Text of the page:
Just a day after it was introduced, the Zune HD has been demonstrated live and is already generating buzz from at least one major blog that it could provide an experience superior to Apple's iPod touch.
Gizmodo's brief stint with the media player showed a refined device with an interface that would be very familiar to owners of the click pad-based Zune but, understandably, optimized for touch. Unlike Windows Mobile phones, which are forced to use slow and imprecise resistive touchscreens, the Zune HD has a capacitive touchscreen like the iPod touch and responds both quickly and accurately to finger input. These and the construction quality were enough to immediately surprise editor Brian Lam.
"The device is tighter and more physically beautiful than the iPod touch and it's got a better UI," he said. "The main menu's scrolling [is] so natural through the swipe gestures."
He also praised the more discreet yet easier to hit home button as well as its better responses to the accelerometer. Where the iPhone often lags slightly behind the user when rotating photos or the web browser, the Zune HD's response is almost instantaneous.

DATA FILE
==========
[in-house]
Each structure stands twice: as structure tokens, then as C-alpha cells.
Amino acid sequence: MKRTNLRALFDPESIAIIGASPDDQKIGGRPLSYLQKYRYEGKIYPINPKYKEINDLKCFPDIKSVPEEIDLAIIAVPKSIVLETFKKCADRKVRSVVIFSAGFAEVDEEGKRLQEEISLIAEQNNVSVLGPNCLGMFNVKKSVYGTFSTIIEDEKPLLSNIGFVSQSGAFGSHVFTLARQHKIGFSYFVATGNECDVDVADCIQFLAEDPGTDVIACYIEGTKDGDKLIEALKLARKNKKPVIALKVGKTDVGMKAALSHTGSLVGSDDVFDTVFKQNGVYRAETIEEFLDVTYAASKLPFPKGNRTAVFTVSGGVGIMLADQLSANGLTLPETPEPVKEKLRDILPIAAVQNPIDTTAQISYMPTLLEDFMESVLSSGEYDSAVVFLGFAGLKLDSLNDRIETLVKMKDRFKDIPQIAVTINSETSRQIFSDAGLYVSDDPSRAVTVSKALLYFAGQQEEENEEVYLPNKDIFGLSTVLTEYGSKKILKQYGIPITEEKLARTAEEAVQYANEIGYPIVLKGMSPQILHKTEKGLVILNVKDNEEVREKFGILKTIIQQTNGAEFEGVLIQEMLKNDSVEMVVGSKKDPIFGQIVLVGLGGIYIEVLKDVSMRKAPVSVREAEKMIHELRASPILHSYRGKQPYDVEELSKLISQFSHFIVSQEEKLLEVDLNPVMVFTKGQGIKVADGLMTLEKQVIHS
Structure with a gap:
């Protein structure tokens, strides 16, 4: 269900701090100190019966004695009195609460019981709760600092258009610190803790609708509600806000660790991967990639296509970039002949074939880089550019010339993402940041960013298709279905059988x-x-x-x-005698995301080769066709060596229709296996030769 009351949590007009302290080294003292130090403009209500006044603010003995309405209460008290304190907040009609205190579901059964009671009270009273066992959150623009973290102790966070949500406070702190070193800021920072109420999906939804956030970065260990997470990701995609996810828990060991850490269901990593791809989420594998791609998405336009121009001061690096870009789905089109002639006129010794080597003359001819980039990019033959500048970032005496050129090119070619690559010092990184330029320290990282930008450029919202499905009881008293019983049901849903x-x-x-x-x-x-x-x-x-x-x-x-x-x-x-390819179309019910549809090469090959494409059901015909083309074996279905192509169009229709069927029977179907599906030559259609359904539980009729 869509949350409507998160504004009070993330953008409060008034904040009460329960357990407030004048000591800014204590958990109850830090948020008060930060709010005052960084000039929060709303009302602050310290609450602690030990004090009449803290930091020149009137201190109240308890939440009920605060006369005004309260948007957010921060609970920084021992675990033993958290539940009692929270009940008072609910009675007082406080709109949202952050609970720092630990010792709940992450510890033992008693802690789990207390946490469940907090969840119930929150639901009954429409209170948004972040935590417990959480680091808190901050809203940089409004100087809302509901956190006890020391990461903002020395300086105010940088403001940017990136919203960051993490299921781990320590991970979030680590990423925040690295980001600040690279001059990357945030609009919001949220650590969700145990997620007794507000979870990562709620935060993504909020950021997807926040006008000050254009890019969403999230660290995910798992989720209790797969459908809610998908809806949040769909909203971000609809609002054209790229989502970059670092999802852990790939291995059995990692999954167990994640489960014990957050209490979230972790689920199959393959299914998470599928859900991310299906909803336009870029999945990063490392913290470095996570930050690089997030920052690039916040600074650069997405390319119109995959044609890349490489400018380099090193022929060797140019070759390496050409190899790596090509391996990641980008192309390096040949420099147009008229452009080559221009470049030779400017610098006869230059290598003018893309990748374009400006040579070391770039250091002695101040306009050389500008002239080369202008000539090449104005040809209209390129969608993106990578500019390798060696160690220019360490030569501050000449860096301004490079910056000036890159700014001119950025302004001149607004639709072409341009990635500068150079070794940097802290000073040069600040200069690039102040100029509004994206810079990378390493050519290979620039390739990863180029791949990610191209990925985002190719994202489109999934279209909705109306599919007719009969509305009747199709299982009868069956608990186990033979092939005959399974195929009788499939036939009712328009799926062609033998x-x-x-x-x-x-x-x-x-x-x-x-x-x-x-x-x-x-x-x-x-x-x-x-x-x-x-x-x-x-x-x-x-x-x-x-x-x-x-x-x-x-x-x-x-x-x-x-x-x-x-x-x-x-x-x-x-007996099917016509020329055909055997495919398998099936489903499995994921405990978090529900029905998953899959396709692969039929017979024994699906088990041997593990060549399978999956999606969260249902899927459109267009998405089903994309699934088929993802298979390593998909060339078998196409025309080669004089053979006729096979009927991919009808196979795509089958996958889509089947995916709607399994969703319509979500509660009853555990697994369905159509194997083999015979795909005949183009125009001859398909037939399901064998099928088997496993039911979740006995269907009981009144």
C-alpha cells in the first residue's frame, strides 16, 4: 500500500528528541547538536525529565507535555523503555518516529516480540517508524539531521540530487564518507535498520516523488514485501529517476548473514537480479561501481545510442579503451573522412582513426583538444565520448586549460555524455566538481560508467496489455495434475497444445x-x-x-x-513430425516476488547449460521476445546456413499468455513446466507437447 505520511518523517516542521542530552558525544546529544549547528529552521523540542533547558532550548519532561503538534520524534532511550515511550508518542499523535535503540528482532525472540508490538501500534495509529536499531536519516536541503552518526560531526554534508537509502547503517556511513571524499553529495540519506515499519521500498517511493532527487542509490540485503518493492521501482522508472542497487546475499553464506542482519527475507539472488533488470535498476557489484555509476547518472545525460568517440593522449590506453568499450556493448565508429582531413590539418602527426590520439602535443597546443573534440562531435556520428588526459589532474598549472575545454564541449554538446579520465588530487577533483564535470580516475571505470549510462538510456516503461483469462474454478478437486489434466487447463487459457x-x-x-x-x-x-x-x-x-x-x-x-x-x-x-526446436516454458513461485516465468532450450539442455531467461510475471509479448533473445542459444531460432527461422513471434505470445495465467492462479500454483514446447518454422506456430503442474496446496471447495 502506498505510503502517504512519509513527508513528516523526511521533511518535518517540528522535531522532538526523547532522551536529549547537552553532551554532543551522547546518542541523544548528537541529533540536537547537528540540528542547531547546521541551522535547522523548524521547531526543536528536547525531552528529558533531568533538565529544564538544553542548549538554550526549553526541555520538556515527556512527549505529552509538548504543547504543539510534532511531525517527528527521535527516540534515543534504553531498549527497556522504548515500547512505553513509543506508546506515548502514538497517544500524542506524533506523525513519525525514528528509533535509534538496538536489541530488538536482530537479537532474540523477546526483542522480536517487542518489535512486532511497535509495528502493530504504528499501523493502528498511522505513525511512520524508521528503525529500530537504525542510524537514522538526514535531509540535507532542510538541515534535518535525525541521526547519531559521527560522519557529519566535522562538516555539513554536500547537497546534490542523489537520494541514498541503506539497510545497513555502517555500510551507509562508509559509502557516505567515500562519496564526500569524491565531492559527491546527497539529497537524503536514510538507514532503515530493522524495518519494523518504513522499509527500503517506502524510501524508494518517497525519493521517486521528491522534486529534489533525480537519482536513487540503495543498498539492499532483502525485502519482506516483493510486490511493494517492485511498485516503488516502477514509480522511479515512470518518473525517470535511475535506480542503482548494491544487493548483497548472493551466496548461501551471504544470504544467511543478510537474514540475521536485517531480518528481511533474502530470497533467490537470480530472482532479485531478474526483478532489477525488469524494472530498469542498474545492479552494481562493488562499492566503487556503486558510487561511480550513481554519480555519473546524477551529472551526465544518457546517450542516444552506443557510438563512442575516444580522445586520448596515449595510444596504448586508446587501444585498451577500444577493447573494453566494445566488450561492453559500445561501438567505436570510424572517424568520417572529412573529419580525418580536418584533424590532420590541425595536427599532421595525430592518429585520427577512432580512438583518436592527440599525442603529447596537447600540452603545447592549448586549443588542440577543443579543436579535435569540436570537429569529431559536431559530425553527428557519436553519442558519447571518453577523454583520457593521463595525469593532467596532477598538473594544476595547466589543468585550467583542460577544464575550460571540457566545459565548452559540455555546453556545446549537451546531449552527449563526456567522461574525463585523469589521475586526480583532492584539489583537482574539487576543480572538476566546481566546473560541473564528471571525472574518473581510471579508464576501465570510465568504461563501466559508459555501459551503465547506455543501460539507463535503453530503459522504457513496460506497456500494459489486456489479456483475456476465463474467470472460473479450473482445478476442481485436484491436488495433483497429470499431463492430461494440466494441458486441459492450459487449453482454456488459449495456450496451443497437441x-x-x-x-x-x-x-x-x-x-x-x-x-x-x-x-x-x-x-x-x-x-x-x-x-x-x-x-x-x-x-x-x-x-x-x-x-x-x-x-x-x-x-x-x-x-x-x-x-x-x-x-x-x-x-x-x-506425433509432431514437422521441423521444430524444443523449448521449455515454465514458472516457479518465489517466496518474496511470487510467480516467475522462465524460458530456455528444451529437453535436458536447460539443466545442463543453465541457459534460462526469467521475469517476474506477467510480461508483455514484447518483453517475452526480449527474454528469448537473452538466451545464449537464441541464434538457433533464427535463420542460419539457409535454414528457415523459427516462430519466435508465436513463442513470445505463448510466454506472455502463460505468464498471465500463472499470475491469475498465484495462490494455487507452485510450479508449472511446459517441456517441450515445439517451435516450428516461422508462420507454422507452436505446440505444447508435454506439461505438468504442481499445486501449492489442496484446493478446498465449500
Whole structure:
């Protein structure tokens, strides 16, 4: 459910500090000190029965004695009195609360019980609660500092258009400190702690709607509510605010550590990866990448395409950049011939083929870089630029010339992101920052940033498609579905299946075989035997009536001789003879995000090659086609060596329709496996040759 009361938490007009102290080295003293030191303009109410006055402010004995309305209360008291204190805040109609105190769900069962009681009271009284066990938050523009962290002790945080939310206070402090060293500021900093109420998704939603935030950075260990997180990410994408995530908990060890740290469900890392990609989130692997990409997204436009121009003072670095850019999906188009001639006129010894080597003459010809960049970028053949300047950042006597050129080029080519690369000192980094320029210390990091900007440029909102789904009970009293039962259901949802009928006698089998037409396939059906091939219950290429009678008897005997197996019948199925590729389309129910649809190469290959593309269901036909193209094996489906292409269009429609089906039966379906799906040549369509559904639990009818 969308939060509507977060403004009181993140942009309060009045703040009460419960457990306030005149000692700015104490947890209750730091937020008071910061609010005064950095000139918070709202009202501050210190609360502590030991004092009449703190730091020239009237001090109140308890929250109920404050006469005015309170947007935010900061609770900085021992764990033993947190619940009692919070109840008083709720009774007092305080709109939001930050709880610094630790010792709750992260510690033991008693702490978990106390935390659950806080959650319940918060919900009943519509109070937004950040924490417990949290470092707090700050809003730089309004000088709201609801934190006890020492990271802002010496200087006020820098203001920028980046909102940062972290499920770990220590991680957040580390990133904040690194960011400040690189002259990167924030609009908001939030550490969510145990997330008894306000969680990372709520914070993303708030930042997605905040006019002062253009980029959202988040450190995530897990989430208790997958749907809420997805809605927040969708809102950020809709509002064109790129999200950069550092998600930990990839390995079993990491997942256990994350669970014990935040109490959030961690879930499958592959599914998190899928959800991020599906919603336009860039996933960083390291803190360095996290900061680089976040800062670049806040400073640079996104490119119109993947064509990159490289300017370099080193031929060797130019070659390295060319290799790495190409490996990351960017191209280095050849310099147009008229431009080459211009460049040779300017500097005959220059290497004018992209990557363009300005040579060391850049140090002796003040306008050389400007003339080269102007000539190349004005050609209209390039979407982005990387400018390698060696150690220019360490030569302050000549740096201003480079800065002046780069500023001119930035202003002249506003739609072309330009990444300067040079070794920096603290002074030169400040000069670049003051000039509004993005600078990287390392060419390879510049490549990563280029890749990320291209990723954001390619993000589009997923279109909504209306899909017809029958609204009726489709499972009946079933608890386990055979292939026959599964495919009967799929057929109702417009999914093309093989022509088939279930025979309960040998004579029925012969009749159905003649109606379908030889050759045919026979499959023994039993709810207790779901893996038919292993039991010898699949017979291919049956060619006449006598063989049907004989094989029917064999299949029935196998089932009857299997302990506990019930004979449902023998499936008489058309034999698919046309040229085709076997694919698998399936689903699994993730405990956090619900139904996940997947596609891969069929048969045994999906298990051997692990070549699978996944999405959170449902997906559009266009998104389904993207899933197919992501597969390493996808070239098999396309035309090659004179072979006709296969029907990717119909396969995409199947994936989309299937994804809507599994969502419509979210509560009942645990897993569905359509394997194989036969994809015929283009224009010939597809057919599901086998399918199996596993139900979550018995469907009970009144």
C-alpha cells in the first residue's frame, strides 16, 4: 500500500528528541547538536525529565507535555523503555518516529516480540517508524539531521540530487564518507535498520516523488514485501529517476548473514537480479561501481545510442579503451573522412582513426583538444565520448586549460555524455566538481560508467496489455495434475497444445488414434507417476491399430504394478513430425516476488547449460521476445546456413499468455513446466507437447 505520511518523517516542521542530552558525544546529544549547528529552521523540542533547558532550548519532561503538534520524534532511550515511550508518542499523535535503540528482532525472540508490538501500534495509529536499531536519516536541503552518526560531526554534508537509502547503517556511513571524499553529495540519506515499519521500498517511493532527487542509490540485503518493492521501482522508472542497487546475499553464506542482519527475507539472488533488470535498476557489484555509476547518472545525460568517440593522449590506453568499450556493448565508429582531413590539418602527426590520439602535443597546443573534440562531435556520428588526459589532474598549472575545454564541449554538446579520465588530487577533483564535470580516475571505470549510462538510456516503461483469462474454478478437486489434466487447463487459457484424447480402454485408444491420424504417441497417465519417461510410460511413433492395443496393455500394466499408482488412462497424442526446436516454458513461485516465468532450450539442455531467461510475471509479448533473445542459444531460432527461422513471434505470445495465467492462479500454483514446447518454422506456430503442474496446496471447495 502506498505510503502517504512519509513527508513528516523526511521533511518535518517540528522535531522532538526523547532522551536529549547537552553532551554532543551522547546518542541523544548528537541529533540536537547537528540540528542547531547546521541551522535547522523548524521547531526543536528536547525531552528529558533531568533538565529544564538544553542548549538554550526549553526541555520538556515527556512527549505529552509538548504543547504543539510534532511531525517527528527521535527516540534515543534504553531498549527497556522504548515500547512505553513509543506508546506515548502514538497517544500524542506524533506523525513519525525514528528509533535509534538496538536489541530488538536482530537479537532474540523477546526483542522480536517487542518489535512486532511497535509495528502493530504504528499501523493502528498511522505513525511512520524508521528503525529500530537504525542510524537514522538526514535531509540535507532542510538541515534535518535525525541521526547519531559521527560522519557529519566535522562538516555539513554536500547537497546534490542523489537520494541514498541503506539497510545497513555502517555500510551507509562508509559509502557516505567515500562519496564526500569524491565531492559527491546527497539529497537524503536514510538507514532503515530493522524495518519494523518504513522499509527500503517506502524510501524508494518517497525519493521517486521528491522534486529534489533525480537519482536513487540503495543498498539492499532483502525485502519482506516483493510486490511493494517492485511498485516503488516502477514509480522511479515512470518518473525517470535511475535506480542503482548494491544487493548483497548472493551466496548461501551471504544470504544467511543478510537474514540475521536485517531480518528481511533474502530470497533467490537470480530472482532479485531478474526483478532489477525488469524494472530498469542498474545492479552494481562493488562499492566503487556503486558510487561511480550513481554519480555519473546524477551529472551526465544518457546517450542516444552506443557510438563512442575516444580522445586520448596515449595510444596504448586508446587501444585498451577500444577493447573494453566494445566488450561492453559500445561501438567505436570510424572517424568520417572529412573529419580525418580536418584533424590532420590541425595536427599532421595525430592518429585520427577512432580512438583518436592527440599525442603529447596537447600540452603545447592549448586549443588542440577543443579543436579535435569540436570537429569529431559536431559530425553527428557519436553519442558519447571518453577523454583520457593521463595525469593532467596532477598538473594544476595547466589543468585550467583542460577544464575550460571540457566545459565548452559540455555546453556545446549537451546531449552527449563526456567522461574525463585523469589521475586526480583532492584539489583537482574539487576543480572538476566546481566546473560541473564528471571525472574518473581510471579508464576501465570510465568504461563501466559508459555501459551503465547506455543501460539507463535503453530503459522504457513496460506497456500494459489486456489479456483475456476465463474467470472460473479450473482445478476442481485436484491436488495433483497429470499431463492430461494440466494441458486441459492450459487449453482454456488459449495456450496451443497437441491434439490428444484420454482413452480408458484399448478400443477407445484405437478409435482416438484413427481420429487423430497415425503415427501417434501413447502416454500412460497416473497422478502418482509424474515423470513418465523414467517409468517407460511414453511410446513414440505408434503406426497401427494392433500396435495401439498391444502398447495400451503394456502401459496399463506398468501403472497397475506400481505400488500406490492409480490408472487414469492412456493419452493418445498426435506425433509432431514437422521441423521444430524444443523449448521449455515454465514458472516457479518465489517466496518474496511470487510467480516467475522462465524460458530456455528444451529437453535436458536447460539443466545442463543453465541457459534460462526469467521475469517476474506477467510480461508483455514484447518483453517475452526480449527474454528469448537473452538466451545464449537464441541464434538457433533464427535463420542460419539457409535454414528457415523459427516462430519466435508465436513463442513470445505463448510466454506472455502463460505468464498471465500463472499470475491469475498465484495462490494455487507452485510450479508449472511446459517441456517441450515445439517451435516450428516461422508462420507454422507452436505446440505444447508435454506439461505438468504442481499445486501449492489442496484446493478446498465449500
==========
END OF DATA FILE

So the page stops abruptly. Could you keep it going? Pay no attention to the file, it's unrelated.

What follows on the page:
Some of Microsoft's most heavily promoted features haven't been shown, however, including its Internet Explorer web browser and HD Radio tuning. Also, it's deemed unlikely that Microsoft will ever have the app support Apple can claim for its iPod. Microsoft has made it clear the Zune won't have a smartphone-grade OS.
But while Microsoft has yet to lay all its cards on the table, the early positive reaction is a sharp contrast to the reaction Zunes have had so far in the market compared to the iPod touch. It wasn't until mid-2008 that the Redmond, Washington-based company had sold its 2 millionth Zune, and its revenue from the media players has dropped sharply enough that some have suggested the Zune might only live on through Microsoft's planned "Zune Mobile" software component for Windows Mobile phones. For now, Lam claims that only Microsoft's usual insistence on Windows-only support is likely to keep him from owning one himself.
"I would take this in a heartbeat, provided they get around to making a Mac client," he says.